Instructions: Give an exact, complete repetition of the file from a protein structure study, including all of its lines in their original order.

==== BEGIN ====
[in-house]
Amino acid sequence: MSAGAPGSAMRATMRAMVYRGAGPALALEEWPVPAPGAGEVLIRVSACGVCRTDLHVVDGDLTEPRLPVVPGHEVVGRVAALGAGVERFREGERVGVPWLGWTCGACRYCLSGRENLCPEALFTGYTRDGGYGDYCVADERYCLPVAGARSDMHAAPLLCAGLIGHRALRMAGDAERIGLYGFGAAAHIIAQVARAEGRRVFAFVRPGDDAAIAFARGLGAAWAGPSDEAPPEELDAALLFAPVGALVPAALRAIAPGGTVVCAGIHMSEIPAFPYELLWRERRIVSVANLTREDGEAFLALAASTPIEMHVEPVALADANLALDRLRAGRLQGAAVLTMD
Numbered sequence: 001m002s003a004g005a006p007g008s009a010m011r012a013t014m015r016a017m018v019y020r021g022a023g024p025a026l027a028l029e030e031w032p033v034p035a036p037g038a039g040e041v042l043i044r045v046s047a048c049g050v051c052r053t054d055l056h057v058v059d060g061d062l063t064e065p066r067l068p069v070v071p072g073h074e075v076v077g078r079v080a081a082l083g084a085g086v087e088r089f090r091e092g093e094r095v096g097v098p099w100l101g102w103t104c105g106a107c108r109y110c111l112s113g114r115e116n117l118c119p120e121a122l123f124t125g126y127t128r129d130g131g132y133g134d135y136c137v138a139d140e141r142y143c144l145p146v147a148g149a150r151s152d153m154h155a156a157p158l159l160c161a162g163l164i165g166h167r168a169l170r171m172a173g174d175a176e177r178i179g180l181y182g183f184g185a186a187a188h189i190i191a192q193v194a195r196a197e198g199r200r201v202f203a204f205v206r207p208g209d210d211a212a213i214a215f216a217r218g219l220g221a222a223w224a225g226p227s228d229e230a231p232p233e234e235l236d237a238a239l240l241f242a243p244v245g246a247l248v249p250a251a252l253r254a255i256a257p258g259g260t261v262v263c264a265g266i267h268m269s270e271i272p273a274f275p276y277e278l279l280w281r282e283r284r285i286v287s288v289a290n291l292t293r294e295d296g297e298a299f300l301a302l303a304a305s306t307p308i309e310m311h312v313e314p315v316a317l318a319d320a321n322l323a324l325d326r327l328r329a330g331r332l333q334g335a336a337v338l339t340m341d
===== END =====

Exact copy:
[in-house]
Amino acid sequence: MSAGAPGSAMRATMRAMVYRGAGPALALEEWPVPAPGAGEVLIRVSACGVCRTDLHVVDGDLTEPRLPVVPGHEVVGRVAALGAGVERFREGERVGVPWLGWTCGACRYCLSGRENLCPEALFTGYTRDGGYGDYCVADERYCLPVAGARSDMHAAPLLCAGLIGHRALRMAGDAERIGLYGFGAAAHIIAQVARAEGRRVFAFVRPGDDAAIAFARGLGAAWAGPSDEAPPEELDAALLFAPVGALVPAALRAIAPGGTVVCAGIHMSEIPAFPYELLWRERRIVSVANLTREDGEAFLALAASTPIEMHVEPVALADANLALDRLRAGRLQGAAVLTMD
Numbered sequence: 001m002s003a004g005a006p007g008s009a010m011r012a013t014m015r016a017m018v019y020r021g022a023g024p025a026l027a028l029e030e031w032p033v034p035a036p037g038a039g040e041v042l043i044r045v046s047a048c049g050v051c052r053t054d055l056h057v058v059d060g061d062l063t064e065p066r067l068p069v070v071p072g073h074e075v076v077g078r079v080a081a082l083g084a085g086v087e088r089f090r091e092g093e094r095v096g097v098p099w100l101g102w103t104c105g106a107c108r109y110c111l112s113g114r115e116n117l118c119p120e121a122l123f124t125g126y127t128r129d130g131g132y133g134d135y136c137v138a139d140e141r142y143c144l145p146v147a148g149a150r151s152d153m154h155a156a157p158l159l160c161a162g163l164i165g166h167r168a169l170r171m172a173g174d175a176e177r178i179g180l181y182g183f184g185a186a187a188h189i190i191a192q193v194a195r196a197e198g199r200r201v202f203a204f205v206r207p208g209d210d211a212a213i214a215f216a217r218g219l220g221a222a223w224a225g226p227s228d229e230a231p232p233e234e235l236d237a238a239l240l241f242a243p244v245g246a247l248v249p250a251a252l253r254a255i256a257p258g259g260t261v262v263c264a265g266i267h268m269s270e271i272p273a274f275p276y277e278l279l280w281r282e283r284r285i286v287s288v289a290n291l292t293r294e295d296g297e298a299f300l301a302l303a304a305s306t307p308i309e310m311h312v313e314p315v316a317l318a319d320a321n322l323a324l325d326r327l328r329a330g331r332l333q334g335a336a337v338l339t340m341d